The law firm at the centre of the "Panama Papers" global tax evasion scandal that brought down two world leaders has announced its decision to shut down operations, citing negative press and what it called unwarranted action by authorities.
"Reputational deterioration, the media campaign, the financial consequences and irregular actions by some Panamanian authorities have caused irreparable damage, resulting in the total ceasing of public operations at the end of this month," Mossack Fonseca said in a statement.
But it added a smaller group would continue working to address requests from authorities and other public and private groups.
Last August, co-founder Jurgen Mossack acknowledged the firm had closed most of its offices abroad after its damaged credibility caused business to flounder.
The "Panama Papers" scandal broke in 2016 when a leak of 11.5 million files from Mossack Fonseca's digital archive revealed how wealthy and influential figures across the world had created offshore businesses to safeguard assets.
The information was obtained by German newspaper Sueddeutsche Zeitung, which shared it with the International Consortium of Investigative Journalists.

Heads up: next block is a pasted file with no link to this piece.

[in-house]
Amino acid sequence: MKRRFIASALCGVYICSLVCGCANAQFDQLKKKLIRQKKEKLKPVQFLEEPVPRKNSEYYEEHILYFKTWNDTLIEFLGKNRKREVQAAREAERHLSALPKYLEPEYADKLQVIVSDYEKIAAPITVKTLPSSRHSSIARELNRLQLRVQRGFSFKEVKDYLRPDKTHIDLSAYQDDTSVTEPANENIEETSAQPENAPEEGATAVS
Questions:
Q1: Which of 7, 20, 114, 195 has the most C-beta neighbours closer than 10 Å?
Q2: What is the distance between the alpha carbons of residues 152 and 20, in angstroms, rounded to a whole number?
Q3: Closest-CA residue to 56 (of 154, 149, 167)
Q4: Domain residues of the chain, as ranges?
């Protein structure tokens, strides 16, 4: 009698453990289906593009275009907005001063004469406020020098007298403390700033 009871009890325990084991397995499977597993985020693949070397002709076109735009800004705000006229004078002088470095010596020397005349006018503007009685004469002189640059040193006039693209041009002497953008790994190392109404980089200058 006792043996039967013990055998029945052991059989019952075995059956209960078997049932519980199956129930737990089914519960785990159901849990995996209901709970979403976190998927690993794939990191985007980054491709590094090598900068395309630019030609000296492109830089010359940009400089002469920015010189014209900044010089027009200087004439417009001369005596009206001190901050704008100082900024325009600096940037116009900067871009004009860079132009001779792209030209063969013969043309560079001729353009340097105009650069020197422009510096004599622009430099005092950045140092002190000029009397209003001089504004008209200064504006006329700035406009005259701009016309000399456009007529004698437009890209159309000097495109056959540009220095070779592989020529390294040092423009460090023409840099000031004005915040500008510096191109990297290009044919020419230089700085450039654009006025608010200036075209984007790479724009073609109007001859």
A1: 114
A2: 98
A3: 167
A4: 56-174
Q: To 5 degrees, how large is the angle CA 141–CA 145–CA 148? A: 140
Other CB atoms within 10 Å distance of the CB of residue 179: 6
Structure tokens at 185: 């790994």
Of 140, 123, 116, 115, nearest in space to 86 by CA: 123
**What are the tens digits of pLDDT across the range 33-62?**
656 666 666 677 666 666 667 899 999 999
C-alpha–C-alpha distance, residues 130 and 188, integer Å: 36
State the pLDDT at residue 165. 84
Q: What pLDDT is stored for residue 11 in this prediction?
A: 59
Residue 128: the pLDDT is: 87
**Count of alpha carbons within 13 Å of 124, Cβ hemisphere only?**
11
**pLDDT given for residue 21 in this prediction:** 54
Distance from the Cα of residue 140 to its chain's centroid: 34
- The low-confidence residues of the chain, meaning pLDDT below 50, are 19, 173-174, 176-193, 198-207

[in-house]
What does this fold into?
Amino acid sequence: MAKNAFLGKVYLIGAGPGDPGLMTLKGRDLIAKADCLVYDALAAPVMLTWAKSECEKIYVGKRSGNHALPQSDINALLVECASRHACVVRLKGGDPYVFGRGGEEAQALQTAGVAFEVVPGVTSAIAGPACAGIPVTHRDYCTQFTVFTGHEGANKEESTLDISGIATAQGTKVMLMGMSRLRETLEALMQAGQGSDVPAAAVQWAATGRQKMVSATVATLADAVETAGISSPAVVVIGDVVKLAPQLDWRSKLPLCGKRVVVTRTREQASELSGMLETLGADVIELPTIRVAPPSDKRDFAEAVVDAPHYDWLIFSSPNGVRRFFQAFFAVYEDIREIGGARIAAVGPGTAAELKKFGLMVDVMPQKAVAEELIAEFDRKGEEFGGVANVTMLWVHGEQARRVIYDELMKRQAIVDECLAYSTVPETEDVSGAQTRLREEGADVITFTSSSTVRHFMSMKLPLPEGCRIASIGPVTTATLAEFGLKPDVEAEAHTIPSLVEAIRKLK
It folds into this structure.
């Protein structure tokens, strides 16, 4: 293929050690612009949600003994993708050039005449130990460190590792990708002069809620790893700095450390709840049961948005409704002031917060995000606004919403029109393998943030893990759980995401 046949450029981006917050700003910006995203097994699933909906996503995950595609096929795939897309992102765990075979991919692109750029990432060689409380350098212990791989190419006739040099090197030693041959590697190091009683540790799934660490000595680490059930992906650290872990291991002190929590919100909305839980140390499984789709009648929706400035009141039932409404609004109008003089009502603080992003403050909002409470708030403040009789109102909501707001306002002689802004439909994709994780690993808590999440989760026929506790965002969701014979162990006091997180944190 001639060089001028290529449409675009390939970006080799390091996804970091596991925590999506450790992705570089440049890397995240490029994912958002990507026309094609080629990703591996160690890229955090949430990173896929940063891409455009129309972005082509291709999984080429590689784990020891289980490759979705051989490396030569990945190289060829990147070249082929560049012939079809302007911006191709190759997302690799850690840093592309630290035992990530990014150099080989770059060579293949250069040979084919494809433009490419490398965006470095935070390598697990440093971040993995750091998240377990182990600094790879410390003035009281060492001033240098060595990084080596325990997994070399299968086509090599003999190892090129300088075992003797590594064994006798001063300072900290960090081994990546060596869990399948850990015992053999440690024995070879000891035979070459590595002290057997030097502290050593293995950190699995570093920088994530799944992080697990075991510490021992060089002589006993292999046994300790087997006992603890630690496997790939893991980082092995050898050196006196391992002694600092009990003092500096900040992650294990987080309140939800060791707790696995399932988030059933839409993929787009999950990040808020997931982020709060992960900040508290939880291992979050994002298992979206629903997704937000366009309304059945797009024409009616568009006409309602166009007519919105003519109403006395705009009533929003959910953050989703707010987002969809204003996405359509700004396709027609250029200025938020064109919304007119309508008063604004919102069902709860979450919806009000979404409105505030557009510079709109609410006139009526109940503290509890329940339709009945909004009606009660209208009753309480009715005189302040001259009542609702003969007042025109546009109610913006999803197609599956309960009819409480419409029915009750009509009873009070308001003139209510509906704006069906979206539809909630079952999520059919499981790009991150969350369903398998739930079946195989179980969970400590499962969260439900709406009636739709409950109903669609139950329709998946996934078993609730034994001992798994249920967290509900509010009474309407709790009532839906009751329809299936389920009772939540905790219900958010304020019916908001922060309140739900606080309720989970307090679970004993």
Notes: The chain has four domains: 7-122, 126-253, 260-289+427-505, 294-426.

It was released as a searchable database, with revelations continuing to be unearthed to this day.
Icelandic prime minister Sigmundur David Gunnlaugsson was forced to resign after it was revealed his family had offshore accounts, while former Pakistani prime minister Nawaz Sharif was disqualified for life from office after being implicated in the documents.
Other figures implicated included former British prime minister David Cameron, footballer Lionel Messi, Argentina's President Mauricio Macri, and Spanish filmmaker Pedro Almodovar.
At least 150 investigations were opened in 79 countries to examine possible tax evasion and money laundering, according to the US-based Center for Public Integrity.